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I am very new to topology. I want to know why we need topology in mathematics. What is its significance? Without topology which mathematics concept cannot be explained. What are its real-life applications? I know the basic definitions of topology.

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marked as duplicate by Aloizio Macedo, Martin Sleziak, N. F. Taussig, Kamil Jarosz, SchrodingersCat Jan 18 '16 at 14:57

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Here's a possible answer to "why study point-set topology": General topology tries to abstract out the notion of "distance" on $\Bbb R$. Indeed, a large part of point-set topology studies metric spaces - it turns out to define continuity, we don't need to know much about real numbers. Given any set $X$, if there is a map $d : X \times X \to \Bbb R$ satisfying $d(x, y) = 0$ iff $x = y$, $d(x,y) = d(y, x)$, the triangle inequality and $d$ is non-negative, then this extra structure on $X$ is sufficient to study some amount of "analysis" with it. This enables us, for example, to do analysis with graphs, which are thoroughly discrete objects.

Abstract topological spaces takes this to a greater height - you actually don't need a metric either. Just defining which elements of $X$ are "close" is enough, you don't need to know how close they are. That said, you pick a subset $\tau$ of $\mathcal{P}(X)$ satisfying some desirable properties ($\tau$ is closed under arbitrary union and finite intersection, e.g.), where elements of $\tau$ are the subsets of $X$ consisting of elements "close" to each other. The members of $\tau$ are said to be the open subsets of $X$. This is what a topological space is.


As for real life applications, there are quite a few, but I am not aware of any "elementary" examples. In data analysis, persistent homology is quite an active branch of study. Roughly, if you have a data set representing, say, a fingerprint, and you want to recognize it, then you'd associate some numbers ("presistent betti numbers") to it as follows: If $X$ is a collection of data points on $\Bbb R^2$, let $X_\delta$ denote a $\delta$-thickening of $X$, i.e., union of neighborhoods of radius $\delta$ of the points in $X \subset \Bbb R^2$.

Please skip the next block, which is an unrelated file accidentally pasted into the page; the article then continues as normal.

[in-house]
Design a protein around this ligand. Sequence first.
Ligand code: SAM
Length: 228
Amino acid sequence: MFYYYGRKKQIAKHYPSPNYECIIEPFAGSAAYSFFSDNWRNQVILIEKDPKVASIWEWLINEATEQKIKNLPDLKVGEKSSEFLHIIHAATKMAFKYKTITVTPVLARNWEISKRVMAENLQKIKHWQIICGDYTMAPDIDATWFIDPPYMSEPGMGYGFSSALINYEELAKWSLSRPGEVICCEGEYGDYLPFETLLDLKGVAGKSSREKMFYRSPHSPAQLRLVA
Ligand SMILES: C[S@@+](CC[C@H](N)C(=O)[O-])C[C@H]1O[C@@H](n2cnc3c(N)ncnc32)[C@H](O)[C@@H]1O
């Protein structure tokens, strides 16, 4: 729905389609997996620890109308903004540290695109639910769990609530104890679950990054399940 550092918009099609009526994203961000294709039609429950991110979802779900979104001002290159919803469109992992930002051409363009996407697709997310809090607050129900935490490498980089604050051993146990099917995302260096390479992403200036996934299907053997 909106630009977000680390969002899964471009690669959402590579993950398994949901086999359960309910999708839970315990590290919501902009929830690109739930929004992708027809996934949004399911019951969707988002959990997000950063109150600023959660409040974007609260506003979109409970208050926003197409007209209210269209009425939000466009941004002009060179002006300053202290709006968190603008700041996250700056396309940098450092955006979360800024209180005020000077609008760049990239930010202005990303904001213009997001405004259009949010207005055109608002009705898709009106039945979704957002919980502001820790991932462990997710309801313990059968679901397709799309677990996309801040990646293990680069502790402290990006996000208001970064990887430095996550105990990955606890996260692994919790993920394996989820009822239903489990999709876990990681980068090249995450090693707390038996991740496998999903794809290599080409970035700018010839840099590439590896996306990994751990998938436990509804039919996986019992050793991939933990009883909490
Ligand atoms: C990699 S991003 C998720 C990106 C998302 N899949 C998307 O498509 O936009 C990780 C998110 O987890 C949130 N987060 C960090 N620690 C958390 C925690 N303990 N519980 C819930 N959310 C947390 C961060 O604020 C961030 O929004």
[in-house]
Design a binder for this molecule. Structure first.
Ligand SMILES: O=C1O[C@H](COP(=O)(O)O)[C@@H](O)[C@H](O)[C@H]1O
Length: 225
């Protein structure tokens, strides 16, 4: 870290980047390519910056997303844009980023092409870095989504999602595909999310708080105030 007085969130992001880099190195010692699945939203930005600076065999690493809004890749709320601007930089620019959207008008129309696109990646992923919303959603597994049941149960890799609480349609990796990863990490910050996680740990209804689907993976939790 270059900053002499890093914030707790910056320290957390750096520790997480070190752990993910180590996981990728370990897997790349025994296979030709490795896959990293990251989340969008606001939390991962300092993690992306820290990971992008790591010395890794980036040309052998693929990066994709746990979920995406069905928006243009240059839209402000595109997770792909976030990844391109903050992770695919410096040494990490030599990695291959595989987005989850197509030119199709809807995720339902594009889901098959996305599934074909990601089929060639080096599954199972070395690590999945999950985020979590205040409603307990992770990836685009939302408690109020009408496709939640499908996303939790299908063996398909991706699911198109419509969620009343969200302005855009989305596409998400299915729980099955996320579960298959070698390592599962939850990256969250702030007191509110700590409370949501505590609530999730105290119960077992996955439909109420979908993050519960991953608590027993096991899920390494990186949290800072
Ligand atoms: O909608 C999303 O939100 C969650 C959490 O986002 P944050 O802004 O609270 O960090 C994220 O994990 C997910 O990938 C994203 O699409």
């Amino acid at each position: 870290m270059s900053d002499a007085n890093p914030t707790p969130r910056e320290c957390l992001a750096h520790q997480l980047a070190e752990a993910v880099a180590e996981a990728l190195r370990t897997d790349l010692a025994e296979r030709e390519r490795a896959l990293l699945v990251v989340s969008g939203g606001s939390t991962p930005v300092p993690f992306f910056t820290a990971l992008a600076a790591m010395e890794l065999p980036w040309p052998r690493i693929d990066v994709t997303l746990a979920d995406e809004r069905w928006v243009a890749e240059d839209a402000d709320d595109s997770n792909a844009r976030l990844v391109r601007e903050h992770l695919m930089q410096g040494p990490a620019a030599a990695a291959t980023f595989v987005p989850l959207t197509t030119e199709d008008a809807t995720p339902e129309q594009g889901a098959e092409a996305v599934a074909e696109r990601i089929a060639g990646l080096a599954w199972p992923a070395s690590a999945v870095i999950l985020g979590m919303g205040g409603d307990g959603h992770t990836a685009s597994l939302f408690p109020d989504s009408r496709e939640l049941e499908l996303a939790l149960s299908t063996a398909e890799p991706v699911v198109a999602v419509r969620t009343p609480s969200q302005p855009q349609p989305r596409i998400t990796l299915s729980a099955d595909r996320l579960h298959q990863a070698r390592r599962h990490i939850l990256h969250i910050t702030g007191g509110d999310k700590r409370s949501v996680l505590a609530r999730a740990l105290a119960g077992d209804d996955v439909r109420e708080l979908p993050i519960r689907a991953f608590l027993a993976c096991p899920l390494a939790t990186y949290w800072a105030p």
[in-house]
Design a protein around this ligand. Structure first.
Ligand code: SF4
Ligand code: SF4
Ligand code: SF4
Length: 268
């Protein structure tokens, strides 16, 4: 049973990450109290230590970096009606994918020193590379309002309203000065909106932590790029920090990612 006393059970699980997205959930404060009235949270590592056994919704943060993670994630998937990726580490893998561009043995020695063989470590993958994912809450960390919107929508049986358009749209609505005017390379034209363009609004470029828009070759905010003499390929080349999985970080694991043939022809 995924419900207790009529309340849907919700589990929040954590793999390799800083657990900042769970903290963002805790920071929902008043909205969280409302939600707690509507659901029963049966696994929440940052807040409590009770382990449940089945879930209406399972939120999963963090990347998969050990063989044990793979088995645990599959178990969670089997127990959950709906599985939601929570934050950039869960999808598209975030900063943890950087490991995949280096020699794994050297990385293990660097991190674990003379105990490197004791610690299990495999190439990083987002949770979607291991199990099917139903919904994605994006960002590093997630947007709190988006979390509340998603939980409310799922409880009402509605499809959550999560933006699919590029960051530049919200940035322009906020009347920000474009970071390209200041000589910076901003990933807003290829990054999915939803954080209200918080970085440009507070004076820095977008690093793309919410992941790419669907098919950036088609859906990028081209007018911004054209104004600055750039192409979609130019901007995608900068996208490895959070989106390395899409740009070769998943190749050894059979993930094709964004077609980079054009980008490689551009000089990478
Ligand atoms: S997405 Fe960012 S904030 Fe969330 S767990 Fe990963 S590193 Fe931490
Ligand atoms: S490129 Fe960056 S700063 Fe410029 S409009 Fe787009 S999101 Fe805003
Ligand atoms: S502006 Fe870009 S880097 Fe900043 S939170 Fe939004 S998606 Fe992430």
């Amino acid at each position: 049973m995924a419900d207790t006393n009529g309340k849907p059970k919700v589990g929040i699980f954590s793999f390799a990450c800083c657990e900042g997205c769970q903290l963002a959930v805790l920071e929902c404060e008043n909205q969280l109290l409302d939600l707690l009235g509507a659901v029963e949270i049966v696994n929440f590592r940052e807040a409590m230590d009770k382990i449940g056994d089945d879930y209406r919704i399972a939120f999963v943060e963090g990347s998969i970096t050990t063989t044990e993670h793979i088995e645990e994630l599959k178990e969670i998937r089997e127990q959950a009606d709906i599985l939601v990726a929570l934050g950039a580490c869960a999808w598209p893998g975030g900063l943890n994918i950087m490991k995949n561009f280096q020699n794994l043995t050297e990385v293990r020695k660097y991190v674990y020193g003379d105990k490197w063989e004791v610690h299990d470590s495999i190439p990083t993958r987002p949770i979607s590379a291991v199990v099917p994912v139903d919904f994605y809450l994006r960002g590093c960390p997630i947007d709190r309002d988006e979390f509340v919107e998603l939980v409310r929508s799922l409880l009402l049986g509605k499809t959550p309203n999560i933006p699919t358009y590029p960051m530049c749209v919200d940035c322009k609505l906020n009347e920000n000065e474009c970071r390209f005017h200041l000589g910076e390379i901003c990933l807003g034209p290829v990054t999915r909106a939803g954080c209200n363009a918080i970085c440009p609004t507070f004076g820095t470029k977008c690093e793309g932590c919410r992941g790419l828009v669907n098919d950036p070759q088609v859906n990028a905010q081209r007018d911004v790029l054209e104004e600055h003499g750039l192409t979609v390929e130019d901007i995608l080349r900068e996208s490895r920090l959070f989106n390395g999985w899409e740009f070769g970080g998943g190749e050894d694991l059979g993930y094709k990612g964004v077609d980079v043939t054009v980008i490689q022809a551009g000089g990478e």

If you vary $\delta$, the topology of $X_\delta$ will change, but if you vary $\delta$ at a certain speed, you can look how much time it takes for $X_\delta$ to change it's topology. For example, you could look at the betti numbers of $X_\delta$ and see how long they stay the same. Among the betti numbers $b_n$ of $X_\delta$ the one which stays same the longest amount of time is called the persistent betti number. For example, if our data set is a bunch of point cluttered around the unit circle, $b_1 = 1$ would stay for a long time.

This "persistance" data lets you identify different data sets.


For an example of topology being useful in other branches of math: One of the most frequently used facts in complex analysis is the Jordan curve theorem. It says that every simple closed curve $\gamma$ in $\Bbb R^2$ divides $\Bbb R^2$ in two regions, that is, $\Bbb R^2 \setminus \gamma$ has two connected components. Furthermore, each of the two connected components are topological disks, i.e., homeomorphic to $D^2$.